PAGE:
From the moment he burst onto the scene as a rookie in 1983, Strawberry’s raw talent and powerful swing captivated fans and terrified pitchers. His prowess on the field earned him numerous accolades, including multiple All-Star selections and World Series championships with the New York Mets in 1986 and Yankees in 1996 and ‘99.

Amid the adulation and success, Strawberry grappled with personal demons and addiction following a series of arrests. Strawberry recalls that it was during his darkest moments that his faith emerged as a beacon of hope and redemption. As a result, Strawberry’s Christian faith increasingly became a cornerstone of his journey toward recovery. He has openly shared his struggles and used his platform to raise awareness about addiction and the importance of seeking help.

In his post-baseball years, the former outfielder has dedicated himself to helping others find their own path to recovery. He became a minister and founded outreach programs that aim to provide support and healing for those battling addiction and other personal challenges.

Craig Reynolds

A former shortstop and an inaugural member of the Seattle Mariners, Reynolds also played for the Pittsburgh Pirates and Houston Astros. He became a household name in those markets throughout the 1970s and ‘80s.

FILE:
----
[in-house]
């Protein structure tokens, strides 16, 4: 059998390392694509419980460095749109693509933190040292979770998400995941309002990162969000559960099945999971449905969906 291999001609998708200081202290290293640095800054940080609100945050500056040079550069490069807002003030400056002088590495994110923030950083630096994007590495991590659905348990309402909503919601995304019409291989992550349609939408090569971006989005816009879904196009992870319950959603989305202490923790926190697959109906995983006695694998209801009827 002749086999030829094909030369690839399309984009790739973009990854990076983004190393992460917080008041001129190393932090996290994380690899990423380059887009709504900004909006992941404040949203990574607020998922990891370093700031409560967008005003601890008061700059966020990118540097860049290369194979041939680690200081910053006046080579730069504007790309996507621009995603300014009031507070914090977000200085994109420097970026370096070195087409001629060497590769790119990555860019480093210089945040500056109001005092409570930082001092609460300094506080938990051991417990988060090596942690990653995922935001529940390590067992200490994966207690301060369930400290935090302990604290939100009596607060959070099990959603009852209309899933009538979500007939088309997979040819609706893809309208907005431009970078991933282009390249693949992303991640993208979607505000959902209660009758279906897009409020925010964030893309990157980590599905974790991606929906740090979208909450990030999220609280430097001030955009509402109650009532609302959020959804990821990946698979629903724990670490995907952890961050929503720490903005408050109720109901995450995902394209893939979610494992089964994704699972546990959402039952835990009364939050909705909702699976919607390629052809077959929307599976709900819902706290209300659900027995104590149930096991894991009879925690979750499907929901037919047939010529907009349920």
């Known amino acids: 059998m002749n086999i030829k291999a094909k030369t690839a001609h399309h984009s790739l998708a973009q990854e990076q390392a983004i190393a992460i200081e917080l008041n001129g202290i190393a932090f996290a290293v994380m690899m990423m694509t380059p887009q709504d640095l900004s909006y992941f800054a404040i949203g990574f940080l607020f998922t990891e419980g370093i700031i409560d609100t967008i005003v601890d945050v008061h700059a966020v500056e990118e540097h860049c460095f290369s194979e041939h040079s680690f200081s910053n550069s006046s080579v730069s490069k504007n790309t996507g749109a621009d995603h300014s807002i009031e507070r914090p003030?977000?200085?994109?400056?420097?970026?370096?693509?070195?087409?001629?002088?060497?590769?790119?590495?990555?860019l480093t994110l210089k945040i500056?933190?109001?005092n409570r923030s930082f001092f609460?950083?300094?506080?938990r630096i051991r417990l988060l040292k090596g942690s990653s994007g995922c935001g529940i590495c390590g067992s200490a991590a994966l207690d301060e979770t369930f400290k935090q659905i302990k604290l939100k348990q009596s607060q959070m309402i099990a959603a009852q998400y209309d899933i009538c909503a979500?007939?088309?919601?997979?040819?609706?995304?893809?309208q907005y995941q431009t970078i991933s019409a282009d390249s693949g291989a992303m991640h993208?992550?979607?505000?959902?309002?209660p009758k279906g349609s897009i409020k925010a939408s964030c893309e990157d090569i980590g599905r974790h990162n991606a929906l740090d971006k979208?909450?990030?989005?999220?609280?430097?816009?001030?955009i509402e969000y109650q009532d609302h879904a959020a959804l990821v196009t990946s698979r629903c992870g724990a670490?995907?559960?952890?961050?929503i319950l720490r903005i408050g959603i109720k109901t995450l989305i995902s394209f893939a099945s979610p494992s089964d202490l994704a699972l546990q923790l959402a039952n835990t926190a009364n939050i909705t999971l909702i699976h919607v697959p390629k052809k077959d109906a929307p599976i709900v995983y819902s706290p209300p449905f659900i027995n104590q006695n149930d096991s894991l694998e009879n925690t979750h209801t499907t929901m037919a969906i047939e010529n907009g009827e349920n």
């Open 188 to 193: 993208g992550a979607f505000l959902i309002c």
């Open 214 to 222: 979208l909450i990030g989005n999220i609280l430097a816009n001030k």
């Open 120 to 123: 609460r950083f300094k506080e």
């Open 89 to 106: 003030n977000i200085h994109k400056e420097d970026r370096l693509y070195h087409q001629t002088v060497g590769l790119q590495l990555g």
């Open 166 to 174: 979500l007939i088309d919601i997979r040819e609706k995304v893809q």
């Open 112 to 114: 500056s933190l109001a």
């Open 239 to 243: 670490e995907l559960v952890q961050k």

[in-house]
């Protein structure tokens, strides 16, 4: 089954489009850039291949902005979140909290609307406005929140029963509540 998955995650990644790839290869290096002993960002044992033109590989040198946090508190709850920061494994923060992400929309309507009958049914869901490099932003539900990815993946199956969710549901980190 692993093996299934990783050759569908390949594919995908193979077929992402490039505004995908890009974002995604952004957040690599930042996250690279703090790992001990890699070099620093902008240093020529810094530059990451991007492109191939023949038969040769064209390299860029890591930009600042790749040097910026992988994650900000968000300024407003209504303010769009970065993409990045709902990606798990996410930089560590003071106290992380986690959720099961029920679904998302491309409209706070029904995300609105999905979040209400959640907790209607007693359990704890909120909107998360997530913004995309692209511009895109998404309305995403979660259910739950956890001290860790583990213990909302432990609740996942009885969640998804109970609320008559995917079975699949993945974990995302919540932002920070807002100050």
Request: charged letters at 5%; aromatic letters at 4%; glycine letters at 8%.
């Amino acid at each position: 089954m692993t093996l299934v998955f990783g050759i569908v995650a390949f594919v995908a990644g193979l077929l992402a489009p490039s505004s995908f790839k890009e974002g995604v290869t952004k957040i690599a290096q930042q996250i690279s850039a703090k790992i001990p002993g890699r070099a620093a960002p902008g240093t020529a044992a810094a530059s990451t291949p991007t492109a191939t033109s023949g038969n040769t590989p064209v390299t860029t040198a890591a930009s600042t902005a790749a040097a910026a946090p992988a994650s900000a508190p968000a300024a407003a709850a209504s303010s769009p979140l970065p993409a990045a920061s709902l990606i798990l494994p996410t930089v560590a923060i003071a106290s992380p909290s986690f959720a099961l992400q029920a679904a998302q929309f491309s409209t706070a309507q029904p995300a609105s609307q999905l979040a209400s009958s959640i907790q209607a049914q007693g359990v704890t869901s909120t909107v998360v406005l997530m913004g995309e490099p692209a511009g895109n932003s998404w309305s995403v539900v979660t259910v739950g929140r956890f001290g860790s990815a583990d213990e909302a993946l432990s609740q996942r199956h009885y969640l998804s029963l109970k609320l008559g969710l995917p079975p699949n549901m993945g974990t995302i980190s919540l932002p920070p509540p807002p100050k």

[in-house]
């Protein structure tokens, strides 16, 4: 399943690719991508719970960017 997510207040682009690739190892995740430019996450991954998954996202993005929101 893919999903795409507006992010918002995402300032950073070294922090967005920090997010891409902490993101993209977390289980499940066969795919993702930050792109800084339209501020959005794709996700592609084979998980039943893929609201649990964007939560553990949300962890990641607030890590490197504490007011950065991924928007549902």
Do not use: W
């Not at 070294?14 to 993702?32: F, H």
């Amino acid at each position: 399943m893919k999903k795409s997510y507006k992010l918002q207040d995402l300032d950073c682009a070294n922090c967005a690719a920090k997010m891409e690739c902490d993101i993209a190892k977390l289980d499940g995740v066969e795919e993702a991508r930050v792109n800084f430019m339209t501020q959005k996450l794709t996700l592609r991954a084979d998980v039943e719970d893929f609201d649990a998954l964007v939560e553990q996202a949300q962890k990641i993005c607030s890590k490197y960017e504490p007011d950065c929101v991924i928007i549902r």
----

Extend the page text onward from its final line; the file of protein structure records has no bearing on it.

After Garry Templeton declined his invitation to the 1979 All-Star Game, Tommy Lasorda, then the National League manager, added Reynolds to the roster. As a result, Reynolds became the only shortstop in MLB history to be selected to the American League and National League squads in consecutive years.

In retirement, the two-time All-Star entered the world of wealth management in Houston, partnering with former Astros teammate Terry Puhl. Unlike other ballplayers who turned to God because of an addiction, Reynolds used his post-career years to help others after his second career. He’s currently a minister at Second Baptist Church in Kingwood, Texas, near Houston.  

“I’ve been out here preaching now on this campus for, I guess now, almost 12 years,” Reynolds said in a 2019 interview. “Did I ever think that was going to happen? No. I really did not. I think God has put me here in Kingwood for a purpose for this time. Every day, I get up and try to be obedient to Him and walk with Him. I’ll do this here as long as God has me here.”

Tom Johnson

A former pitcher, Tom Johnson only played five seasons in the majors, from 1974 until 1978, for the Minnesota Twins. He pitched in 129 games throughout his career. Johnson was signed as an undrafted free agent in 1970. After four years in the Twins’ minor league system, he made his major league debut on Sept. 10, 1974. Johnson racked up 23 wins as a starter, then later became a closer, over five years with the Twins.